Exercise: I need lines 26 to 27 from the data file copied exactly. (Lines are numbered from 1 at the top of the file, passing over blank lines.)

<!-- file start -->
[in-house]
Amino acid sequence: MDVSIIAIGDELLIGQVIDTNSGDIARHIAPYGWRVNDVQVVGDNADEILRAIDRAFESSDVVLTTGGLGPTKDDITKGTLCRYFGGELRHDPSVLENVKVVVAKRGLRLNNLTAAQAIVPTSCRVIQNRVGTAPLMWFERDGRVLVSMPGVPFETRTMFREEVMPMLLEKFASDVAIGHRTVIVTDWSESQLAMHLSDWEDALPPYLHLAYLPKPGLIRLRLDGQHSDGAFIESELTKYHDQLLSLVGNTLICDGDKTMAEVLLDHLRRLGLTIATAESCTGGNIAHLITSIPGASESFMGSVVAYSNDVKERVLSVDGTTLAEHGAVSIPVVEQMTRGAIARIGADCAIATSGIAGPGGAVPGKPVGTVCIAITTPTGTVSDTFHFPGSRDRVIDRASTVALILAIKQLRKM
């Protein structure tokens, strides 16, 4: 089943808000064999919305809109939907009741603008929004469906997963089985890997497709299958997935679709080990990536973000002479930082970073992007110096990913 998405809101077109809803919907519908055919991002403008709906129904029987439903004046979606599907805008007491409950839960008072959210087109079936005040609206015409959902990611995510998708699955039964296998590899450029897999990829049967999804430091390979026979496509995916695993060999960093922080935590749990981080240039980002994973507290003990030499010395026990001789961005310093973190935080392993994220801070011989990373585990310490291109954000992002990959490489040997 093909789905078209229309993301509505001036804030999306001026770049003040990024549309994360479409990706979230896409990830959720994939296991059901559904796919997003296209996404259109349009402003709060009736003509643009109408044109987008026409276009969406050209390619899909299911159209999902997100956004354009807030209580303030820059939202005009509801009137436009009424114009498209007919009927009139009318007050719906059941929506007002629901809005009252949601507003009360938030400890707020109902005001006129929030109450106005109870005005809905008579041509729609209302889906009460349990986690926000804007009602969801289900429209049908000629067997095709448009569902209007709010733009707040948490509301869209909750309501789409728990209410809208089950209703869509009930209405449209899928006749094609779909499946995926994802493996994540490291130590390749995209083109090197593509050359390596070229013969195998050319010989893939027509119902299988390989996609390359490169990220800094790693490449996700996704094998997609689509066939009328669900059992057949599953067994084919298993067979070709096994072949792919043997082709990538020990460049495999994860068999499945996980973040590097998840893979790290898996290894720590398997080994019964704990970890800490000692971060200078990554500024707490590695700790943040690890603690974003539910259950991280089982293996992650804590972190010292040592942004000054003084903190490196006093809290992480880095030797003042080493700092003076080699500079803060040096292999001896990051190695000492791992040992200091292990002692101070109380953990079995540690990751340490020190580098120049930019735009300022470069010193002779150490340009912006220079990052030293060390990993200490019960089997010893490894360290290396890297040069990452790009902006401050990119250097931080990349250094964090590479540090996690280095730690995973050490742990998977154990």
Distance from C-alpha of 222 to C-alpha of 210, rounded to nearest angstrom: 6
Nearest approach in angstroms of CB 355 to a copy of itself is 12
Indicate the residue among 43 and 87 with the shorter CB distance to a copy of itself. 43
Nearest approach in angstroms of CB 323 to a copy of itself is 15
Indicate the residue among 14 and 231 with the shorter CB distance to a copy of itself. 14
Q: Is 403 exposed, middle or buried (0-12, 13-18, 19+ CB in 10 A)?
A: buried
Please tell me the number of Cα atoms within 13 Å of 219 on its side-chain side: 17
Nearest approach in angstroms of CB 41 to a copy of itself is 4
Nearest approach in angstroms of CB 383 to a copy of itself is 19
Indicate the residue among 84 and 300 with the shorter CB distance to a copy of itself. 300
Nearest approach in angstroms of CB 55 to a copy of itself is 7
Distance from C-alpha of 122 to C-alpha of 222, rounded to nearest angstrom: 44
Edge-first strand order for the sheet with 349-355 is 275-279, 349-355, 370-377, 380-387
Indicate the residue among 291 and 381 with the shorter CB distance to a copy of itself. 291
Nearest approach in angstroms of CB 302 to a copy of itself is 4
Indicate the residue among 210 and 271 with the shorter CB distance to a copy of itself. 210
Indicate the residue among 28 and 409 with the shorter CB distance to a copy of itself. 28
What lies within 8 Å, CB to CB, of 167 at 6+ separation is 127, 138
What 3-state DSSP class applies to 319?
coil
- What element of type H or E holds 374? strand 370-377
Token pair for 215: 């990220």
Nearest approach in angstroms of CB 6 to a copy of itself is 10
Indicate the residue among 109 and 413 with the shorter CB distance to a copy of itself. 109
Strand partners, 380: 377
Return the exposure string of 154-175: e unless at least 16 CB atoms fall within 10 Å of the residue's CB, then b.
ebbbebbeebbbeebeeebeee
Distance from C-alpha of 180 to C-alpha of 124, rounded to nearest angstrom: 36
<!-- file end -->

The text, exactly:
Token pair for 215: 């990220």
Nearest approach in angstroms of CB 6 to a copy of itself is 10